On Walking On
Poetry | $16.95
paperback, 120 pages, 8 x 8 in
Publication Date: April
ISBN: 978-1-937658-66-3

On Walking On looks outward onto—or rather, walks through—the work of various writers for whom walking was or is an important element of daily life. The number of writers who were or are serious walkers is striking, and the connection goes back to antiquity, more recently including Woolf, Nerval, Sand, Debord, Sebald, and many others.


“Swensen’s exquisitely rendered images, unexpected syntax, and surprising line breaks give us the feeling of something ‘delicate falling to pieces,’ while at the same time, in its falling, ‘perfecting the scene.’”—Robert Fernandez


"American poet Cole Swensen’s latest is On Walking On (New York NY: Nightboat Books, 2017), a book-length suite of poems engaged in the subject of walking, from her own notes on the subject to her responses to a lengthy list of other works by Geoffrey Chaucer, Jean-Jacques Rousseau, Dorothy Wordsworth, Henry David Thoreau, George Sand, Virginia Woolf, Thomas De Quincey, Charles Dickens, Robert Louis Stevenson, Gérard de Nerval, Guillaime Apollinaire, John Muir, Robert Walser, W.G. Sebald, Werner Herzog, Harryette Mullen and Lisa Robertson. The back of the collection includes a healthy bibliography, which Swensen introduces by writing: “This series hopes to honor the millennia-old connection between walking and writing without trying to be in any way definitive. It started with an interest in texts written by a number of writers about walks that they had taken and then branched out in various idiosyncratic ways. Idiosyncrasy, in the long run, became the only principle of both selection and order.”—Rob Mclennan, Rob Mclennan's Blog

"The collection presents Swensen’s own “walk-about” poetic excursions alongside her sequential micro-essays on writers who also wrote about walking, forming an overlay of literary gems on this topic. Ending with a bibliography of allusions in the collection—essayists, novelists, philosophers, architects, and cultural critics who once published on the topics of psychogeography and wandering, whether urban or rural—the book’s overall effect is kaleidoscopic yet coherent in its lucid typologies of walking, indicative of a poet’s intuition for an eclecticism beyond the avenues of persuasion that a philosopher might pursue on a similar theme."—Karen An-hwei Lee, The Kenyon Review


"Imagine an anthology of the literature of walking, with examples ranging from the Middle Ages to the present. Further imagine that the selections have been provided with commentary, supplying biographical and historical context as well as some perceptive analysis. Now imagine that that these commentaries are poems, usually in long lines, lyrical and prismatic. Finally, imagine a book containing only the commentaries, without the accompaniment of the texts that inspired them, supplemented instead with the commentator’s prose poems on walks she herself had taken one summer. On Walking On is like that."—Paul Scott Stanfield, Ploughshares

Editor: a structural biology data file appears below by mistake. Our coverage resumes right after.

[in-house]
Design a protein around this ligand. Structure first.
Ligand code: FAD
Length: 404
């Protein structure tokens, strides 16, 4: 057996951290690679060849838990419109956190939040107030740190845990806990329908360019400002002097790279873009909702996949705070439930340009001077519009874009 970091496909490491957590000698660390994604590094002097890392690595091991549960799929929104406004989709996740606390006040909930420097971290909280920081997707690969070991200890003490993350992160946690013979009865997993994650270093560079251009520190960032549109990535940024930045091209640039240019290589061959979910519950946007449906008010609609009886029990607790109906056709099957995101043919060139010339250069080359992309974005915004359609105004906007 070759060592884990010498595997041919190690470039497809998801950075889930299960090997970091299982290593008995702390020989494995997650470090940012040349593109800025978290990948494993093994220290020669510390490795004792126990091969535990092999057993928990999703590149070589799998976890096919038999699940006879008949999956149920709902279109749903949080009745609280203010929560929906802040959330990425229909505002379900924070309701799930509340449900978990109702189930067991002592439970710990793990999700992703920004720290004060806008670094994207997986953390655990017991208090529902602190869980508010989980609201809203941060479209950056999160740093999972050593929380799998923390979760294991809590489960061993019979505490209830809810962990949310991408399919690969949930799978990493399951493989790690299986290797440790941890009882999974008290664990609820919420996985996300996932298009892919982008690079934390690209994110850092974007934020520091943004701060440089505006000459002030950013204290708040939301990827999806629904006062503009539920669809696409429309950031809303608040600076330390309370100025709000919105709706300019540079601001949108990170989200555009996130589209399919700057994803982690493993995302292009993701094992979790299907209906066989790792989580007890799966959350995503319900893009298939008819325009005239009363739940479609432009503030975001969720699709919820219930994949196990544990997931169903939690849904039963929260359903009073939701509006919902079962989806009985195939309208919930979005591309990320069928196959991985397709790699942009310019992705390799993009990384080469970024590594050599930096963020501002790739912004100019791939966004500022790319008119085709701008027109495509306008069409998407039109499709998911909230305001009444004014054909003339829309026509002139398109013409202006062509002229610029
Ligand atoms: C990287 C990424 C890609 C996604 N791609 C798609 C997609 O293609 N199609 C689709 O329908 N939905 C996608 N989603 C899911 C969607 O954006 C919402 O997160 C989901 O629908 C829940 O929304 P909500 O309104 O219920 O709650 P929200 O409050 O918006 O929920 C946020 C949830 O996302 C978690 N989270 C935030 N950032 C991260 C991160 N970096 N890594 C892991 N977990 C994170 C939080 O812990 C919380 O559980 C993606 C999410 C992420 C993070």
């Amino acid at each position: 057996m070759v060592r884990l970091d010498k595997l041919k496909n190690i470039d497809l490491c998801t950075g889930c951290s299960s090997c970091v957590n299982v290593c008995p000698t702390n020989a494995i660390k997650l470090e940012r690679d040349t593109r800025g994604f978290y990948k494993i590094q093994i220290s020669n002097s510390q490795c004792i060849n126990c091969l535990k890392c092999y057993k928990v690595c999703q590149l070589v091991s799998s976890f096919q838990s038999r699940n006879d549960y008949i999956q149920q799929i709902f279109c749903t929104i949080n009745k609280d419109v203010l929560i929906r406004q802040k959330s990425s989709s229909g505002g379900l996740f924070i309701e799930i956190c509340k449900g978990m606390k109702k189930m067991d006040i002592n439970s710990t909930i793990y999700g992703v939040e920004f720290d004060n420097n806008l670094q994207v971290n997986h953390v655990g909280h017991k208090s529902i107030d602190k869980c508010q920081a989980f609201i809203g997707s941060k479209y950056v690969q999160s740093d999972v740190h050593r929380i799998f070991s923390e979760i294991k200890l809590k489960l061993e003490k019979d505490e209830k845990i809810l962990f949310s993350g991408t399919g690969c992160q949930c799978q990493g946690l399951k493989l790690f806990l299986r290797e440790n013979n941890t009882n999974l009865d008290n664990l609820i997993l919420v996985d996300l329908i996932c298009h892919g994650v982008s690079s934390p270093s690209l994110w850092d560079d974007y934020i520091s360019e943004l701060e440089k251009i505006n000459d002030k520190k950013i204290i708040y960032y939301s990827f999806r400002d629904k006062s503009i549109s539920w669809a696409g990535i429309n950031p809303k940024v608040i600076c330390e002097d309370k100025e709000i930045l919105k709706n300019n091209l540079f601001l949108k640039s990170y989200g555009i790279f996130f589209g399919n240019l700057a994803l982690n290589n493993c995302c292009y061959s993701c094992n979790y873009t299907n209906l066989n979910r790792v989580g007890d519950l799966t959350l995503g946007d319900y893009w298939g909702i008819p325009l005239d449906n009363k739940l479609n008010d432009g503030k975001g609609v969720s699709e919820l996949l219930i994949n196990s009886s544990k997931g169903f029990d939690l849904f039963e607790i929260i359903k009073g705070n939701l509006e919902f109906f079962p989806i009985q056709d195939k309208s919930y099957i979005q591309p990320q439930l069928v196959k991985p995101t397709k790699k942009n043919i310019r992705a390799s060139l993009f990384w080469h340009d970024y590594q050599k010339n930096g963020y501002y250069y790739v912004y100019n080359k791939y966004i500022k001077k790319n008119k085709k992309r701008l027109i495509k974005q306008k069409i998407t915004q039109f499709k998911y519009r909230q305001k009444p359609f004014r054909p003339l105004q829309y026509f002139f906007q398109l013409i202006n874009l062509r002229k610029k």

"Known for incisive book-length explorations of single subjects—hands, in The Book of a Hundred Hands (2005); gardens, in Ours (2008); ghosts, in Gravesend (2012)—here, in her sixteenth collection, professor and translator Swensen probes the profound bond between writing and walking. Weaving works of influential authors, from Chaucer’s Canterbury Tales to Lisa Robertson’s “Seven Walks,” into luminous meditations, Swensen follows Thoreau through a “cathedral of trees”; Sand through the “iridescent hum” of a French riverside; and Woolf through London, lamp-lit at dusk. But Swensen walks alone, too, and she intersperses these singular, paragraph-long musings throughout. Whether she’s contemplating cats and the creative process, language and landscapes, or centuries of fleeting yet extraordinary moments, Swensen remains an adept observer and a master of striking forms and line breaks. In “The Second Walk,” Swensen attests “the beautiful is also real, often / accidental, often in the middle of a phrase, a street, a day.” And though there’s nothing accidental about them, Swensen’s phrases, glowing with incandescent imagery and searching wit, are themselves vividly real things of beauty."—Briana Shemroske, Booklist

"Utilizing both research and praxis, Swensen (Landscapes from a Train) draws on the rich history of writing about walking in this sonorous and attentive collection. The writers Swensen references span from Chaucer through contemporary poet Lisa Robertson. As a result, the collection moves across wilderness and city streets, by the light of day and the dark of night, over continents and centuries. What walking means for each writer ranges as dramatically as their environments, and the differences therein raise fundamental questions about the dynamics between self, composition, and world. When Robert Walser walks, it is a way to still and arrange: “A walk brings things out, wraps them up// in glorious scents, holds them out at arm’s length and keeps them there, just out of reach, perfecting the scene.” In contrast, W.G. Sebald writes and walks, “inflaming the line—in the sense that a nerve, sufficiently riled, thwarts any conclusion,// and instead radiates outward in all directions.” Early on, Swensen observes that “there’s a visceral relationship between the pace at which you walk and that/ at which you write.” These poems get into the body, tuning the reader’s attention to Swensen’s long, steadily percussive lines. Cover to cover, Swensen offers readers a path through “a rhythmed reverie they could all walk into and farther into.”—Publishers Weekly